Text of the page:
We always get big water pistols like super soakers for presents. I'm 34 and I still get one grin It's good to beat the heat and not waste too much water.

If you do ham and seafood then find the best fisho and preorder NOW. Same for a naice ham from a proper butcher.

The beaches will be packed. Stay away.

Carols by candlelight start soon. Pretty much every town and city has one. It's a nice way to spend an evening.

SteveBrucesNose Tue 18-Nov-14 05:43:29

We've kept all our Christmas traditions the same as the UK

Watching Christmassy films all day Christmas Eve, followed by our usual Indian food and home to lots of candles, brandy, and open one present at midnight

Christmas morning is stockings in bed, bacon butties and champagne the only time that combo is acceptable followed by pressies say on the floor next to the tree. Then off for a walk - yes it won't be cold and snowy and wintery, but everyone around is so happy and in the spirit it's lovely to do.

Then a full on Christmas dinner. We tried hotel versions but it's just not right. Sometimes we have had friends over, sometimes (like this year) it's just us.

As we're on the main walk through to the beach and pool, last year we made a huge trough of mulled wine and got some thermal paper cups a la Starbucks, and offered it to anyone on their Christmas Day stroll.

Then inside, close the curtains, candles all lit again, bottle of wine and Christmassy TV and a board game.

Aebj Tue 18-Nov-14 05:55:52

We take our camping stove down to the beach and cook sausages . We have a cold buffet turkey lunch and just chill at home. I love sitting in the garden with a glass of wine. We cook out turkey on Christmas Eve on the BBQ

lauranorder50 Tue 18-Nov-14 08:07:49

You cook a whole turkey on the bbq ?

Laptopwieldingharpy Tue 18-Nov-14 09:17:22

I guess you could do. Smoke it. A small one though

Laptopwieldingharpy Tue 18-Nov-14 09:18:02

a lot of work

chloeb2002 Tue 18-Nov-14 10:02:58

We do a full Turkey dinner ��
It's Christmas..
If I'm not working then we do presents, play for a while, I prep dinner .. Turkey in, nibbles for lunch. Dip in the pool.
Head to the beach. Not found it that bad on Xmas day. Busier Boxing Day ��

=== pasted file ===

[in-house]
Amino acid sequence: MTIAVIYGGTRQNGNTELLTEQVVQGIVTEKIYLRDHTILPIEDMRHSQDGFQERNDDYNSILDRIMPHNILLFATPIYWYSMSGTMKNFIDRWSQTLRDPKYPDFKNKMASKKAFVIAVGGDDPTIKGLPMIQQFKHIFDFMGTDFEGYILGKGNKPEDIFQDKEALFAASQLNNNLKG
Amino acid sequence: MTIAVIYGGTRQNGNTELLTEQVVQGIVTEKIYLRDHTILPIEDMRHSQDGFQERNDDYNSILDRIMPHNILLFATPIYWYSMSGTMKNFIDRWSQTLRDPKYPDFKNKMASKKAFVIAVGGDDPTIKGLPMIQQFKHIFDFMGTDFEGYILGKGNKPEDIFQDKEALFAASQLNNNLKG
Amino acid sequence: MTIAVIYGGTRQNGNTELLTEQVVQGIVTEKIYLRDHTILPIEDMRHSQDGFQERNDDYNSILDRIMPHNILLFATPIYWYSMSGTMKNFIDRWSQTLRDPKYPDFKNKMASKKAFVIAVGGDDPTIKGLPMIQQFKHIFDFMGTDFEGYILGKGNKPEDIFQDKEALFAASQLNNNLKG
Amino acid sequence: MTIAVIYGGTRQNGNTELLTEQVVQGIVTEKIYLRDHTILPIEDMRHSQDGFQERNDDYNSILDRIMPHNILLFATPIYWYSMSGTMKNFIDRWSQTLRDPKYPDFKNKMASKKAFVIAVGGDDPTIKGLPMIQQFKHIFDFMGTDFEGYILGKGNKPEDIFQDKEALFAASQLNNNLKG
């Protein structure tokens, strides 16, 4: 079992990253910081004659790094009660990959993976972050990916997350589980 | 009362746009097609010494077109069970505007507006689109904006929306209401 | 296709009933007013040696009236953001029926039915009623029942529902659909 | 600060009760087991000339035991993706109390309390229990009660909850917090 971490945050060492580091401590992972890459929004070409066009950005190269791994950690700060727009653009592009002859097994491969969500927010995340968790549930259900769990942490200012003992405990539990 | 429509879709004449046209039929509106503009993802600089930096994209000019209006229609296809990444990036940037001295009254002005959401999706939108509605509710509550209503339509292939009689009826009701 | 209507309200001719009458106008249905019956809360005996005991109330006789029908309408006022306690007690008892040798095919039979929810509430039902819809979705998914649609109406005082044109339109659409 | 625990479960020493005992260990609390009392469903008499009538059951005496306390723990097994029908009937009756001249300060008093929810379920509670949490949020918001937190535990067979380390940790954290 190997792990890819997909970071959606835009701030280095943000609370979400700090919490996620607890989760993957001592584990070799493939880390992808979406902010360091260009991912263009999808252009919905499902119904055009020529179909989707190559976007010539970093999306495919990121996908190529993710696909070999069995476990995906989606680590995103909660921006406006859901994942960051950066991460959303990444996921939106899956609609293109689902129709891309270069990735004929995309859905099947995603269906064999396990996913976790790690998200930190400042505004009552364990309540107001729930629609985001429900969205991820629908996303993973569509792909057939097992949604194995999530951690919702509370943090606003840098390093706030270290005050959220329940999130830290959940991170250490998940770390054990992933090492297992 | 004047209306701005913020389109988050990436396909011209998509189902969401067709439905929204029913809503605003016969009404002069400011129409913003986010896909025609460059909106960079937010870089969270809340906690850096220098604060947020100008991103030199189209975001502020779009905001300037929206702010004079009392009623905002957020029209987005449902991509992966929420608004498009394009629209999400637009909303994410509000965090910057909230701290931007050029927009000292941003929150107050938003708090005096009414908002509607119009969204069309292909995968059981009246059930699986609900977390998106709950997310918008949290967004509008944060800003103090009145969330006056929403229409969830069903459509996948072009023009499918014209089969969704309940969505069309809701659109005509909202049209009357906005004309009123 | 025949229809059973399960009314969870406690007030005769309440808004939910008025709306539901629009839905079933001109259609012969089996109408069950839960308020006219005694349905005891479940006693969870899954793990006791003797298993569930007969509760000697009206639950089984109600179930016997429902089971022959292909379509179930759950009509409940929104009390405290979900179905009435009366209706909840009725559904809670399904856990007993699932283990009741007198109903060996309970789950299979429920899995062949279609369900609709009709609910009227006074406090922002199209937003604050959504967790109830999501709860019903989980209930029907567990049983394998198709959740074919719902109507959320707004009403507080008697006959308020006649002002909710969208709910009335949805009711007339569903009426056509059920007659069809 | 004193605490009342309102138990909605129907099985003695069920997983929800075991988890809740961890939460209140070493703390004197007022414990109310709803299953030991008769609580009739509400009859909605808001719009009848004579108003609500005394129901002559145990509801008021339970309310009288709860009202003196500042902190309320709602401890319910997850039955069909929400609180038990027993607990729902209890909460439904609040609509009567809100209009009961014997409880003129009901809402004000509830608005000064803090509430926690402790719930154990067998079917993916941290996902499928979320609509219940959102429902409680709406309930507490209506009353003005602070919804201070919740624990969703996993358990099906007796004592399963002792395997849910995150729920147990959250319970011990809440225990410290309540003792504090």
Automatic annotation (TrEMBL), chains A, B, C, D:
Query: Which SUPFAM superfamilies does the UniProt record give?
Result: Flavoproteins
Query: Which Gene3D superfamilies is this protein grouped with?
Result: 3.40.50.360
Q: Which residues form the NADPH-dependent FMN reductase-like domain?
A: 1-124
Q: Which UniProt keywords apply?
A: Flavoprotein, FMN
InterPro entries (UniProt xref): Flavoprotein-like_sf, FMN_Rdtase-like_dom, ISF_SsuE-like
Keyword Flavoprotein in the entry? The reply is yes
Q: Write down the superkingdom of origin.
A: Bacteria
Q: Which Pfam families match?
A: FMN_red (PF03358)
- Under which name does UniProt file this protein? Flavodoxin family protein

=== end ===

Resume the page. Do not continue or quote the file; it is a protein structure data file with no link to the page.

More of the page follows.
Home...friends round.. Eat drink and be merry!

PlaydoughGirl Tue 18-Nov-14 10:14:22

Prawns, ham off the bone, lots of lovely salads and cocktails, beer and bbq, ice-cream version of plum pudding, followed by a game of cricket in the backyard afterwards. Make sure the children's presents involve toys like water pistols or slip-n-slides or bucket and spades. Fab!

Definitely preorder prawns, and pre-cooked chickens (to be eaten cold on Christmas Day).

Sandgroper Tue 18-Nov-14 12:26:37

OP your post made me smile...

As a kid growing up in Perth, WA hot turkey, cooked ham, hot vegies, Xmas pudding was a tradition in our house even if it was 40 degrees outside.... I think my Mum was bonkers but it was family tradition!!!! Does sound very weird when you write it down but it's just how we celebrated it.

had Xmas at home about 5 years ago it was 42 Xmas day and 40 on Boxing Day, OMG I nearly died so my sister and I thought we would create a new tradition and have a seafood platter and salads, however my Mum was having none of it and insisted she bring a whole cooked ham, she kept saying this is not right..... shock

Now in the UK and whilst I hate, hate, hate winter (think you get the point) I do love a cold Xmas Day and all the UK traditions and if I am feeling a bit cold/homesick then I can crank up the underfloor heating to 30 and pretend I am in Perth.grin

Anyway I digress if you can't face the whole turkey thing and you like seafood then I would opt for some crayfish, prawns etc and salads. you could have a hot Xmas pudding as a nod to the UK. or you could even have a BBQ, that is if there isn't a fireban in place, but that will also depend on which country you live in.... make your own traditions, we combine some Oz ones and some UK ones for our kids and they love it!

JoandMax Wed 19-Nov-14 04:49:23

AC on full, shut the doors and windows, treat it exactly like Christmas in UK!!

Bonus is this year my DSes are getting new bikes so we can take them out on Christmas morning rather than waiting for the rain to stop/ice to melt etc - a definite positive!

It is a bit weird but I do find you don't get into the christmas mood til the week before which actually makes it nicer, I used to sometimes find the months long build up in UK a bit tedious and the kids would get frustrated by how long it took! Now we have a fun filled week and its all still super exciting by the day.

Oh and keep chocolate advent calendars in the fridge..........

echt Wed 19-Nov-14 06:06:39

And if you yearn for colder weather and darker nights, you can always do Christmas in July. This amazed me when I first got here, but the supermarkets are onto it, stocking mince pies in June/July in anticipation of the Aussie celebration.

Hotsnow Mon 24-Nov-14 09:22:33

Thank you for great suggestions! Playdoughgirl your menu sounds fantastic. I am definitely leaning towards a hybrid Christmas, of keeping the traditions indoors and then enjoying the summeriness outside, like going to the beach in the afternoon and having a swim (maybe just a paddle actually, post stuffing). I do like the sound of prawns though, I definitely want to incorporate them somehow.
Actually this weekend I couldn't stand it any longer and went to get some Christmas decs. I have to say, with twinkly fairy lights all around the glass terrace doors and a bit of air con, it makes all the difference. I'm going to make a secret Christmas stocking piñata too, now I'm all inspired grin and get some movies that remind me of Christmas in.
Thanks too for suggestions of pool toys for presents, the thought would NEVER have entered my mind - I'm still stuck in pyjamas and socks ideas for pressies.